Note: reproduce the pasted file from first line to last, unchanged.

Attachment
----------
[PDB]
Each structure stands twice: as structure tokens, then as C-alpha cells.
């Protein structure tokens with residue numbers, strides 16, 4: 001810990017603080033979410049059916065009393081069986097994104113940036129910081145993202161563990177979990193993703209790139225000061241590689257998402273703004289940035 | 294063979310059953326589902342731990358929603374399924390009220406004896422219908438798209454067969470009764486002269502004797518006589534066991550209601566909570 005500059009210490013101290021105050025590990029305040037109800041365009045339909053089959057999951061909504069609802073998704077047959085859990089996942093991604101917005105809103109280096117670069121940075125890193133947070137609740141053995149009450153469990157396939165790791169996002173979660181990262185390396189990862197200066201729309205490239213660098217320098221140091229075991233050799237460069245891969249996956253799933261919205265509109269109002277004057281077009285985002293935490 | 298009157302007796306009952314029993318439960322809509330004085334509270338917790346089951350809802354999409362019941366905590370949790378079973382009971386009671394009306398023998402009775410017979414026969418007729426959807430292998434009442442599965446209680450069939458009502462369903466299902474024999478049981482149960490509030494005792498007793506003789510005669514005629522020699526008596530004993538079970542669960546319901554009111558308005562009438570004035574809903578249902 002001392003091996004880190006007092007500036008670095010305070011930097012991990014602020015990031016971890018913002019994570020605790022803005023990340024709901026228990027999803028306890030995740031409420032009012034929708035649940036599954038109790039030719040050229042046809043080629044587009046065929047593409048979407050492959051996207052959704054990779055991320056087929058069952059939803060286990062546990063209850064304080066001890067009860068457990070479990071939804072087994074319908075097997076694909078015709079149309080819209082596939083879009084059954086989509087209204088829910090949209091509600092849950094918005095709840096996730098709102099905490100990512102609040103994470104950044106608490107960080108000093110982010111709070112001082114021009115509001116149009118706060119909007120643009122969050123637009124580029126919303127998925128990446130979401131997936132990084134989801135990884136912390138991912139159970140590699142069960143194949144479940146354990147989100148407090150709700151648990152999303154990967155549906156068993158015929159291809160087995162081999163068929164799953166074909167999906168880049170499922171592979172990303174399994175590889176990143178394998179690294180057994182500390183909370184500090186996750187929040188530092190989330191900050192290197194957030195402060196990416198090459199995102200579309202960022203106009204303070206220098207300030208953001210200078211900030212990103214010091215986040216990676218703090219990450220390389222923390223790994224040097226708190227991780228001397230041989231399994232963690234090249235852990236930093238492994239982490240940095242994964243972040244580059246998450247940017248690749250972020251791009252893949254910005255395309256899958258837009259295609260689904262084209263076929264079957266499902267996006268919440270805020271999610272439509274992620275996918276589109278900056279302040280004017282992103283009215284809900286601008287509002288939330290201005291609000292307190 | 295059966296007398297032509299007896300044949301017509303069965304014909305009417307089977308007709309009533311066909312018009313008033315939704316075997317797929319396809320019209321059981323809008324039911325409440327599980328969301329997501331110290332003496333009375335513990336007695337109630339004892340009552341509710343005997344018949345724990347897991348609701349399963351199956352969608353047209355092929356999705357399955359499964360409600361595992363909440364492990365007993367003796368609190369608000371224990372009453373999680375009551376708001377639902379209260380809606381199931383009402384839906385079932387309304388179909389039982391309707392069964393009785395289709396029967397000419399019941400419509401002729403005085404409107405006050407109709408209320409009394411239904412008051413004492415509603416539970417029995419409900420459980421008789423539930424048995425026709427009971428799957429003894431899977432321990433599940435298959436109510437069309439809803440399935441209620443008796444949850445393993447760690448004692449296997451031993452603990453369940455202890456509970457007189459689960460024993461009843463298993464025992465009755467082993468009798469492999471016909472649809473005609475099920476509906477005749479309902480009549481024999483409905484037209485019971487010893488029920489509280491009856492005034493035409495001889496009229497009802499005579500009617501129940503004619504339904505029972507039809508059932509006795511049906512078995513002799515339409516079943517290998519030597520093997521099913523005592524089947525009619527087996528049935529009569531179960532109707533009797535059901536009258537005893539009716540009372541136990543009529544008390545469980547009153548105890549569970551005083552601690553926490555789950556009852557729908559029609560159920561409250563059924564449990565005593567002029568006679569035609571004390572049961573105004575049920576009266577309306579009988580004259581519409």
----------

[PDB]
Each structure stands twice: as structure tokens, then as C-alpha cells.
């Protein structure tokens with residue numbers, strides 16, 4: 001810990017603080033979410049059916065009393081069986097994104113940036129910081145993202161563990177979990193993703209790139225000061241590689257998402273703004289940035 | 294063979310059953326589902342731990358929603374399924390009220406004896422219908438798209454067969470009764486002269502004797518006589534066991550209601566909570 005500059009210490013101290021105050025590990029305040037109800041365009045339909053089959057999951061909504069609802073998704077047959085859990089996942093991604101917005105809103109280096117670069121940075125890193133947070137609740141053995149009450153469990157396939165790791169996002173979660181990262185390396189990862197200066201729309205490239213660098217320098221140091229075991233050799237460069245891969249996956253799933261919205265509109269109002277004057281077009285985002293935490 | 298009157302007796306009952314029993318439960322809509330004085334509270338917790346089951350809802354999409362019941366905590370949790378079973382009971386009671394009306398023998402009775410017979414026969418007729426959807430292998434009442442599965446209680450069939458009502462369903466299902474024999478049981482149960490509030494005792498007793506003789510005669514005629522020699526008596530004993538079970542669960546319901554009111558308005562009438570004035574809903578249902 002001392003091996004880190006007092007500036008670095010305070011930097012991990014602020015990031016971890018913002019994570020605790022803005023990340024709901026228990027999803028306890030995740031409420032009012034929708035649940036599954038109790039030719040050229042046809043080629044587009046065929047593409048979407050492959051996207052959704054990779055991320056087929058069952059939803060286990062546990063209850064304080066001890067009860068457990070479990071939804072087994074319908075097997076694909078015709079149309080819209082596939083879009084059954086989509087209204088829910090949209091509600092849950094918005095709840096996730098709102099905490100990512102609040103994470104950044106608490107960080108000093110982010111709070112001082114021009115509001116149009118706060119909007120643009122969050123637009124580029126919303127998925128990446130979401131997936132990084134989801135990884136912390138991912139159970140590699142069960143194949144479940146354990147989100148407090150709700151648990152999303154990967155549906156068993158015929159291809160087995162081999163068929164799953166074909167999906168880049170499922171592979172990303174399994175590889176990143178394998179690294180057994182500390183909370184500090186996750187929040188530092190989330191900050192290197194957030195402060196990416198090459199995102200579309202960022203106009204303070206220098207300030208953001210200078211900030212990103214010091215986040216990676218703090219990450220390389222923390223790994224040097226708190227991780228001397230041989231399994232963690234090249235852990236930093238492994239982490240940095242994964243972040244580059246998450247940017248690749250972020251791009252893949254910005255395309256899958258837009259295609260689904262084209263076929264079957266499902267996006268919440270805020271999610272439509274992620275996918276589109278900056279302040280004017282992103283009215284809900286601008287509002288939330290201005291609000292307190 | 295059966296007398297032509299007896300044949301017509303069965304014909305009417307089977308007709309009533311066909312018009313008033315939704316075997317797929319396809320019209321059981323809008324039911325409440327599980328969301329997501331110290332003496333009375335513990336007695337109630339004892340009552341509710343005997344018949345724990347897991348609701349399963351199956352969608353047209355092929356999705357399955359499964360409600361595992363909440364492990365007993367003796368609190369608000371224990372009453373999680375009551376708001377639902379209260380809606381199931383009402384839906385079932387309304388179909389039982391309707392069964393009785395289709396029967397000419399019941400419509401002729403005085404409107405006050407109709408209320409009394411239904412008051413004492415509603416539970417029995419409900420459980421008789423539930424048995425026709427009971428799957429003894431899977432321990433599940435298959436109510437069309439809803440399935441209620443008796444949850445393993447760690448004692449296997451031993452603990453369940455202890456509970457007189459689960460024993461009843463298993464025992465009755467082993468009798469492999471016909472649809473005609475099920476509906477005749479309902480009549481024999483409905484037209485019971487010893488029920489509280491009856492005034493035409495001889496009229497009802499005579500009617501129940503004619504339904505029972507039809508059932509006795511049906512078995513002799515339409516079943517290998519030597520093997521099913523005592524089947525009619527087996528049935529009569531179960532109707533009797535059901536009258537005893539009716540009372541136990543009529544008390545469980547009153548105890549569970551005083552601690553926490555789950556009852557729908559029609560159920561409250563059924564449990565005593567002029568006679569035609571004390572049961573105004575049920576009266577309306579009988580004259581519409």